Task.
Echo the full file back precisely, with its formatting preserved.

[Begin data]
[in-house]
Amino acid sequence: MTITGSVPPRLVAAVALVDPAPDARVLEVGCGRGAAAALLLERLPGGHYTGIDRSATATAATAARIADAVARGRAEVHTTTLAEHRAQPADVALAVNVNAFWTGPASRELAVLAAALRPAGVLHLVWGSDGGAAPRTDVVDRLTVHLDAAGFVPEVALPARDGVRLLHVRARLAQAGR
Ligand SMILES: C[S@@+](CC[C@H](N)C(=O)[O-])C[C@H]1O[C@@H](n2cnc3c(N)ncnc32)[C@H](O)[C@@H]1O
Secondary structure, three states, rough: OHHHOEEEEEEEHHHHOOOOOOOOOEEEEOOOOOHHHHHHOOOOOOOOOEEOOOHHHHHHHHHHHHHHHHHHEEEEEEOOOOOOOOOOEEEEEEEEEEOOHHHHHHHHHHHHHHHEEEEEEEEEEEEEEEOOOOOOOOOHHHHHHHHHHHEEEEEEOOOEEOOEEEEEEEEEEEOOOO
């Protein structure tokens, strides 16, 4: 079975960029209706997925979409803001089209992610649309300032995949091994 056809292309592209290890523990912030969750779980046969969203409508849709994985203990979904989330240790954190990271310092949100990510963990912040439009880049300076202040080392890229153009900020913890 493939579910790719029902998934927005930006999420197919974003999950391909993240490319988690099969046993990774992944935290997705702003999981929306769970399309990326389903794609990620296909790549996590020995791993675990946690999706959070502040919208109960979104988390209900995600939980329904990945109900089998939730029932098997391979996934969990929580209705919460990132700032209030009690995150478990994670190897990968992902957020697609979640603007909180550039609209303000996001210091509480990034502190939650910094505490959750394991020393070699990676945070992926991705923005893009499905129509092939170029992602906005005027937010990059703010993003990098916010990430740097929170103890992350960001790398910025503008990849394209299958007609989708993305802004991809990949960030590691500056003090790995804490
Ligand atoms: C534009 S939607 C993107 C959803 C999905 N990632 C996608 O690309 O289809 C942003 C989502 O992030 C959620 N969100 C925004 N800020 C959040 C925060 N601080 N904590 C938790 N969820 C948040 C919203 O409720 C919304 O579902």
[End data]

[in-house]
Amino acid sequence: MTITGSVPPRLVAAVALVDPAPDARVLEVGCGRGAAAALLLERLPGGHYTGIDRSATATAATAARIADAVARGRAEVHTTTLAEHRAQPADVALAVNVNAFWTGPASRELAVLAAALRPAGVLHLVWGSDGGAAPRTDVVDRLTVHLDAAGFVPEVALPARDGVRLLHVRARLAQAGR
Ligand SMILES: C[S@@+](CC[C@H](N)C(=O)[O-])C[C@H]1O[C@@H](n2cnc3c(N)ncnc32)[C@H](O)[C@@H]1O
Secondary structure, three states, rough: OHHHOEEEEEEEHHHHOOOOOOOOOEEEEOOOOOHHHHHHOOOOOOOOOEEOOOHHHHHHHHHHHHHHHHHHEEEEEEOOOOOOOOOOEEEEEEEEEEOOHHHHHHHHHHHHHHHEEEEEEEEEEEEEEEOOOOOOOOOHHHHHHHHHHHEEEEEEOOOEEOOEEEEEEEEEEEOOOO
């Protein structure tokens, strides 16, 4: 079975960029209706997925979409803001089209992610649309300032995949091994 056809292309592209290890523990912030969750779980046969969203409508849709994985203990979904989330240790954190990271310092949100990510963990912040439009880049300076202040080392890229153009900020913890 493939579910790719029902998934927005930006999420197919974003999950391909993240490319988690099969046993990774992944935290997705702003999981929306769970399309990326389903794609990620296909790549996590020995791993675990946690999706959070502040919208109960979104988390209900995600939980329904990945109900089998939730029932098997391979996934969990929580209705919460990132700032209030009690995150478990994670190897990968992902957020697609979640603007909180550039609209303000996001210091509480990034502190939650910094505490959750394991020393070699990676945070992926991705923005893009499905129509092939170029992602906005005027937010990059703010993003990098916010990430740097929170103890992350960001790398910025503008990849394209299958007609989708993305802004991809990949960030590691500056003090790995804490
Ligand atoms: C534009 S939607 C993107 C959803 C999905 N990632 C996608 O690309 O289809 C942003 C989502 O992030 C959620 N969100 C925004 N800020 C959040 C925060 N601080 N904590 C938790 N969820 C948040 C919203 O409720 C919304 O579902």